It’s likely that Molina and his camp are testing the contractual waters at the behest of the Cardinals. It would be hard to imagine him in a different uniform. But, his case for the Hall would be strengthened by bringing the Padres to a title. It’s the perfect scenario, and I don’t think twice about a 2-year contract that cuts him from St. Louis. He’s ruled the roost in STL for nearly two decades. Can you remember a year the Cardinals weren’t in it during that span? He’s almost a unicorn, so he’s worth even a $10 million a year cost at age 40.
YADIER MOLINA, CATCHER: 2 years/$10 MILLION per
First base is in flux after jettisoning Eric Hosmer’s contract in this “All In” scenario. There has to be a better value to make such a move. There are three veteran possibilities: free agent, Carlos Santana (maybe); Chicago Cub trade piece, Anthony Rizzo (probably); and my choice, Pittsburgh Pirate, Josh Bell (likely). Bell is a buy-low candidate who the Pirates may want to hold onto for a while. But, in an “All In” mode, whatever it takes is done, and frankly, Bell’s precipitous dive at the end of 2019 and his pedestrian 60-game season in 2020 should make him affordable. At a projected $6.1M in 2021 with an additional year of control, Bell’s ceiling overrides his potential floor as neither cost nor term make his acquisition a concern. Why Bell? Even in an up and down 2019, Bell’s 37-homer .277/.367/.569./936 slash line makes him a potential MVP candidate, switch-hitting first baseman for a quarter of Hosmer’s cost.
JOSH BELL, FIRST BASEMAN: 1 YEAR/$6.1 MILLION + 1 year of control
The bullpen, comprised of several good arms that profile mostly as middle relief sans Drew Pomeranz, who had a dominating 2020, deserves the significant attention. The back end of the bullpen, long a strength in San Diego, lacks a true stopper, and swing and miss relief arms may make or break 2021. There are some appealing options on the free-agent market. The most useful options are likely Brad Hand (2/$14M), Trevor Rosenthal (2/$14M), and Kirby Yates (1/$5M). Each former Padre has had success in Petco. But, Yates’s struggles in 2020 before his season-ending injury do not inspire hope in the type of complete physical and performance turnaround needed for a championship run. Hand can be approximated with lower-cost talent. But, Rosenthal is the kind of stopper that all teams need.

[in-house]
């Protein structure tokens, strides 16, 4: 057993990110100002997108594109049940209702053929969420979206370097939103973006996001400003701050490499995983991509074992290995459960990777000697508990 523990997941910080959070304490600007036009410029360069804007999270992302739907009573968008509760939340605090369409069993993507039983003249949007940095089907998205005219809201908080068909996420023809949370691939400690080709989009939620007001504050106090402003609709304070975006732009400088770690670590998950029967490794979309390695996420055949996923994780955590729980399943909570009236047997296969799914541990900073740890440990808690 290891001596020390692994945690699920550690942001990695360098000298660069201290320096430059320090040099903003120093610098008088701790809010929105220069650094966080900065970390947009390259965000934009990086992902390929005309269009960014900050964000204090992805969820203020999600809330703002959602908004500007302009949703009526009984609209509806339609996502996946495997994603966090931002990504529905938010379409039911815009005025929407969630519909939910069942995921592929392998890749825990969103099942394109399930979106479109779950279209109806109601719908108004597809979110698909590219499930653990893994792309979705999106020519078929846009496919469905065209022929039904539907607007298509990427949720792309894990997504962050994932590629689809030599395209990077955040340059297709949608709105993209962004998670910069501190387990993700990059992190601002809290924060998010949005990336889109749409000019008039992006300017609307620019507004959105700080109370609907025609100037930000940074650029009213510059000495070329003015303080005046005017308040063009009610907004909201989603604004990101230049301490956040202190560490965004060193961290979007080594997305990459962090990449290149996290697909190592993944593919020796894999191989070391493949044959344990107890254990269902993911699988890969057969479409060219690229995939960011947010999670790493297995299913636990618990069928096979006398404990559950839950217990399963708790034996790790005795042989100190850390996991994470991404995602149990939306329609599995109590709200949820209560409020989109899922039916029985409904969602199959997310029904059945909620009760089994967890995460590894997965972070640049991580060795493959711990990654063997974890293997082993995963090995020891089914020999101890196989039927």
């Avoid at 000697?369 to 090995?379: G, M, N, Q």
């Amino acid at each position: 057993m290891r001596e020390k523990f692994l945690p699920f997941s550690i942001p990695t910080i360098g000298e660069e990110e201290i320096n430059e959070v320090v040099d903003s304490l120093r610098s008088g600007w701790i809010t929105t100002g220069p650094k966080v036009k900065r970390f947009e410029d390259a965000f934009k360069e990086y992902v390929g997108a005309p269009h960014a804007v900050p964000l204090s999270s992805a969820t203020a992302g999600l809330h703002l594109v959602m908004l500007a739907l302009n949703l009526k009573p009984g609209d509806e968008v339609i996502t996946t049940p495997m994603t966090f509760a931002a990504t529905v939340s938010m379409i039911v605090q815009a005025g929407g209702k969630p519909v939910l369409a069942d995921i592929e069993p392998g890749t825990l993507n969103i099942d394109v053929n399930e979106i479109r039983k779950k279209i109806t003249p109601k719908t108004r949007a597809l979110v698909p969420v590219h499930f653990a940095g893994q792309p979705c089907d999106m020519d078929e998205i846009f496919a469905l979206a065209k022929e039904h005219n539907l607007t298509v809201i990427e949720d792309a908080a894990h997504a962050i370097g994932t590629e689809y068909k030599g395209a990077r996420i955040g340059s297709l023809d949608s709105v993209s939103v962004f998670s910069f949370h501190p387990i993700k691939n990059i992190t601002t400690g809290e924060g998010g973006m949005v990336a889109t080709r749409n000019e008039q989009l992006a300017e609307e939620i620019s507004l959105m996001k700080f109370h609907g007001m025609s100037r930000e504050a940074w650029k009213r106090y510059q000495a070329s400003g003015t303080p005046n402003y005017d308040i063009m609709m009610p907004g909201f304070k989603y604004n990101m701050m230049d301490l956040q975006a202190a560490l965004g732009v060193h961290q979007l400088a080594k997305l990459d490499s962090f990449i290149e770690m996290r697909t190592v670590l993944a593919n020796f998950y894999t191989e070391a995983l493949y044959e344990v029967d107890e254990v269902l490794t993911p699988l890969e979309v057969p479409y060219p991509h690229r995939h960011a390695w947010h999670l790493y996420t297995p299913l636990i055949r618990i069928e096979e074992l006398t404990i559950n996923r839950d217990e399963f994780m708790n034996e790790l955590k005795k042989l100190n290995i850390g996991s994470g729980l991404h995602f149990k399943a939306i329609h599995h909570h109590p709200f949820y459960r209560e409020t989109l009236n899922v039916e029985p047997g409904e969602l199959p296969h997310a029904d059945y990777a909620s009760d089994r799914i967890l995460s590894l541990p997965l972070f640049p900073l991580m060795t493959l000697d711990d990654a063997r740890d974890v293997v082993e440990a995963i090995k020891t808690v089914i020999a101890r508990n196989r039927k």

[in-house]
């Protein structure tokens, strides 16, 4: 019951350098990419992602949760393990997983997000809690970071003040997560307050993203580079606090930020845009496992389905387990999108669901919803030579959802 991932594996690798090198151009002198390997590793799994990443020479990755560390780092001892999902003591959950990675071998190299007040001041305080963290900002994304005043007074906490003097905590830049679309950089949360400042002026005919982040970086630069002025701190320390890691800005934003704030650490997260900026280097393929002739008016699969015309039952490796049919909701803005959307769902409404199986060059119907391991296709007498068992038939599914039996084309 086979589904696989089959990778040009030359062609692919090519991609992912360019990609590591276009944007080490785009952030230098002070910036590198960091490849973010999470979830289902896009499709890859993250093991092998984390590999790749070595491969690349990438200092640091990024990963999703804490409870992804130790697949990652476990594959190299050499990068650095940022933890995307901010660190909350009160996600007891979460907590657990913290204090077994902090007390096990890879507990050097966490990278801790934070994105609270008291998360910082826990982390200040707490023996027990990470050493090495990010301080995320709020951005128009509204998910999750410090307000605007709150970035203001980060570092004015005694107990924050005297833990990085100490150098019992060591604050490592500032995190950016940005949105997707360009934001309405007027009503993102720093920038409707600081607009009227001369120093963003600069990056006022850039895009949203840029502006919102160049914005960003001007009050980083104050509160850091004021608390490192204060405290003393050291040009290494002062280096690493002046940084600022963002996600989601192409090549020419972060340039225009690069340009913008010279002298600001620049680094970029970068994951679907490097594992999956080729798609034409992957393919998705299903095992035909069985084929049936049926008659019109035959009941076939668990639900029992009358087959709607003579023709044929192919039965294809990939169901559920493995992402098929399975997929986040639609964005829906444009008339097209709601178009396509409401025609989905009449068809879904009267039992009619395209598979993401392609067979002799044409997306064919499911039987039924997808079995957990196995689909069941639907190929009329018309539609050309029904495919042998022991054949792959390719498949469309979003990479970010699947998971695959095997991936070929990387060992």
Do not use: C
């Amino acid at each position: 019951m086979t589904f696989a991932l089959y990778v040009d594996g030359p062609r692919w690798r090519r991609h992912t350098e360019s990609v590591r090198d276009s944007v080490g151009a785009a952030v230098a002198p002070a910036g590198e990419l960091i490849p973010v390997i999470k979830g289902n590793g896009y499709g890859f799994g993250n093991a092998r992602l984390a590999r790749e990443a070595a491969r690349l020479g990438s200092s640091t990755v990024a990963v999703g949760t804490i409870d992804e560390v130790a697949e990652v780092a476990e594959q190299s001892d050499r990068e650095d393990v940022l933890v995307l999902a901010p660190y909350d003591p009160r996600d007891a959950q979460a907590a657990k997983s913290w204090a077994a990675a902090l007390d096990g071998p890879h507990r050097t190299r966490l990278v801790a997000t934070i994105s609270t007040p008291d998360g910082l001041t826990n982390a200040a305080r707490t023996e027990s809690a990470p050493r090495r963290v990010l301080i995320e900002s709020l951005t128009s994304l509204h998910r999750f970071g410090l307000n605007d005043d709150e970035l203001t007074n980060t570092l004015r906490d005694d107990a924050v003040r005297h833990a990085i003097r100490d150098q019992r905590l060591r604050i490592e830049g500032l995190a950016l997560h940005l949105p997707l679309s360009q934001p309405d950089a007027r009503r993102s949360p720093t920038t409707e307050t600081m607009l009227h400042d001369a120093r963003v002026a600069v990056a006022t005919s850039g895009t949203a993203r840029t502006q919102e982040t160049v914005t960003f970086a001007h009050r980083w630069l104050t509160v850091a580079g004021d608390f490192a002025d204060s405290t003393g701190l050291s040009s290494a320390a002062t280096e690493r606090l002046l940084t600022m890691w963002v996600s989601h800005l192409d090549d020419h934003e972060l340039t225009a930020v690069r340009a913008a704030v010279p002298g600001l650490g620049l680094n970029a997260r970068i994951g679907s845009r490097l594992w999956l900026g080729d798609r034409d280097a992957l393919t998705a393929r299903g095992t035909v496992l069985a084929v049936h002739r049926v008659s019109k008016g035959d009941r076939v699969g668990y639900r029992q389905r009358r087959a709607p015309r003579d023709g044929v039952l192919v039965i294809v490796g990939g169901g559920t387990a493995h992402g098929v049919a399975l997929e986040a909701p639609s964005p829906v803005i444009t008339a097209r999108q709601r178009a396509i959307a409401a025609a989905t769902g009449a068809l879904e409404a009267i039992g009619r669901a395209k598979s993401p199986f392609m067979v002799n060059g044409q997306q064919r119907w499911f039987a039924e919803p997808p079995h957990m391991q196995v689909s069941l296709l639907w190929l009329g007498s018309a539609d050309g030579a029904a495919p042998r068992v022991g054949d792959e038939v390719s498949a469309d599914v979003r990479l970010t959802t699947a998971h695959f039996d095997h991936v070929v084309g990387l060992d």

For value and ceiling, the best fit for this philosophy comes in exploring the trade market because most short term free-agent contracts are stopgaps. Only AJ and the teams involved know what will be fair deals, so I won’t even suppose specifics. But, there is no way the second or third industry-rated farm system can’t acquire them.
Targets are potentially many. Three pitchers sit at the top of the list. Kansas City Royals right-hander, Josh Staumont, has two pre-arb years and five total years of control. Tampa Bay Rays right-hander, Diego Castillo, has another pre-arb season with four years of control. To balance out the back end, Josh Hader, the tremendous left-hander for the Milwaukee Brewers, has a $5.6M contract in 2021 with two additional years of control. These moves will cost a lot, but the point is less about those deals and more about making the move to acquire these pieces to win today per an “All In” philosophy. These additions would give San Diego five elite back of the pen options, when including Drew Pomeranz, that could have a numerical pecking order or be used a la the Rays bullpen of 2020 with many players getting saves. The system would rely on matchups and being fresh more than attaching a player to an inning.
TREVOR ROSENTHAL, RELIEVER: 2 years/$7 MILLION per
DIEGO CASTILLO, RELIEVER: $576,000 1 pre-arb year + 3 years of control
JOSH HADER, RELIEVER: 1 year/$5.65 MILLION + 2 arb years
JOSH STAUMONT, RELIEVER: $565,000 + 4 years of control